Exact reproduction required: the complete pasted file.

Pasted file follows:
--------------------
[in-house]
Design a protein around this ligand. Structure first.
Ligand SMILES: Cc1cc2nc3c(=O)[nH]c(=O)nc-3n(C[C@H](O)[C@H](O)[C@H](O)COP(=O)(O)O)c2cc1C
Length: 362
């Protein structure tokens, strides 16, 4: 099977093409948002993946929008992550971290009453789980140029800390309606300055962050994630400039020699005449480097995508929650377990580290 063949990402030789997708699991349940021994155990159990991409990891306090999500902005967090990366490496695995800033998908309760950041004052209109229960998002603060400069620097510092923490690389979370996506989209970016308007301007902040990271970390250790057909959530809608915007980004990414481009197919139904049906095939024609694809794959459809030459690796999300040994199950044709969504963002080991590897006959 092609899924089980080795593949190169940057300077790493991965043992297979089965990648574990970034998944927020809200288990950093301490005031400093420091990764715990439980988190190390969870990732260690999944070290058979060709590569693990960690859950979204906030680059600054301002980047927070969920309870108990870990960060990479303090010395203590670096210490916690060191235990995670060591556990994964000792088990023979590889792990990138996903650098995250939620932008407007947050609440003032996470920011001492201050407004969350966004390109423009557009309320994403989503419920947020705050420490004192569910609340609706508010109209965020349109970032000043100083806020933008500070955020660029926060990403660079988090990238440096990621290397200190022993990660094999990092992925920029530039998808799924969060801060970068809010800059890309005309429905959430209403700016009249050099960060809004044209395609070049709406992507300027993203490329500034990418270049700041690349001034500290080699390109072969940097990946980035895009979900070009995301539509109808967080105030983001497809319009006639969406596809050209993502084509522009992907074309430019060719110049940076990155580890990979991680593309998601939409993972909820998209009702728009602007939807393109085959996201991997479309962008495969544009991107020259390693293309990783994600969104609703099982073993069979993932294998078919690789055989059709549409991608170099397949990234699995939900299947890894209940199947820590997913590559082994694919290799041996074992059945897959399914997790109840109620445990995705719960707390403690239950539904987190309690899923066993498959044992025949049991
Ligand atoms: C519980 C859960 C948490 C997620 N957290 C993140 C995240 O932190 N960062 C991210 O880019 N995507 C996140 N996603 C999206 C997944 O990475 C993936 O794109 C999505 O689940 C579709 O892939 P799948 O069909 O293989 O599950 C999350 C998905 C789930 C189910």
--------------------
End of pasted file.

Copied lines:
[in-house]
Design a protein around this ligand. Structure first.
Ligand SMILES: Cc1cc2nc3c(=O)[nH]c(=O)nc-3n(C[C@H](O)[C@H](O)[C@H](O)COP(=O)(O)O)c2cc1C
Length: 362
């Protein structure tokens, strides 16, 4: 099977093409948002993946929008992550971290009453789980140029800390309606300055962050994630400039020699005449480097995508929650377990580290 063949990402030789997708699991349940021994155990159990991409990891306090999500902005967090990366490496695995800033998908309760950041004052209109229960998002603060400069620097510092923490690389979370996506989209970016308007301007902040990271970390250790057909959530809608915007980004990414481009197919139904049906095939024609694809794959459809030459690796999300040994199950044709969504963002080991590897006959 092609899924089980080795593949190169940057300077790493991965043992297979089965990648574990970034998944927020809200288990950093301490005031400093420091990764715990439980988190190390969870990732260690999944070290058979060709590569693990960690859950979204906030680059600054301002980047927070969920309870108990870990960060990479303090010395203590670096210490916690060191235990995670060591556990994964000792088990023979590889792990990138996903650098995250939620932008407007947050609440003032996470920011001492201050407004969350966004390109423009557009309320994403989503419920947020705050420490004192569910609340609706508010109209965020349109970032000043100083806020933008500070955020660029926060990403660079988090990238440096990621290397200190022993990660094999990092992925920029530039998808799924969060801060970068809010800059890309005309429905959430209403700016009249050099960060809004044209395609070049709406992507300027993203490329500034990418270049700041690349001034500290080699390109072969940097990946980035895009979900070009995301539509109808967080105030983001497809319009006639969406596809050209993502084509522009992907074309430019060719110049940076990155580890990979991680593309998601939409993972909820998209009702728009602007939807393109085959996201991997479309962008495969544009991107020259390693293309990783994600969104609703099982073993069979993932294998078919690789055989059709549409991608170099397949990234699995939900299947890894209940199947820590997913590559082994694919290799041996074992059945897959399914997790109840109620445990995705719960707390403690239950539904987190309690899923066993498959044992025949049991
Ligand atoms: C519980 C859960 C948490 C997620 N957290 C993140 C995240 O932190 N960062 C991210 O880019 N995507 C996140 N996603 C999206 C997944 O990475 C993936 O794109 C999505 O689940 C579709 O892939 P799948 O069909 O293989 O599950 C999350 C998905 C789930 C189910």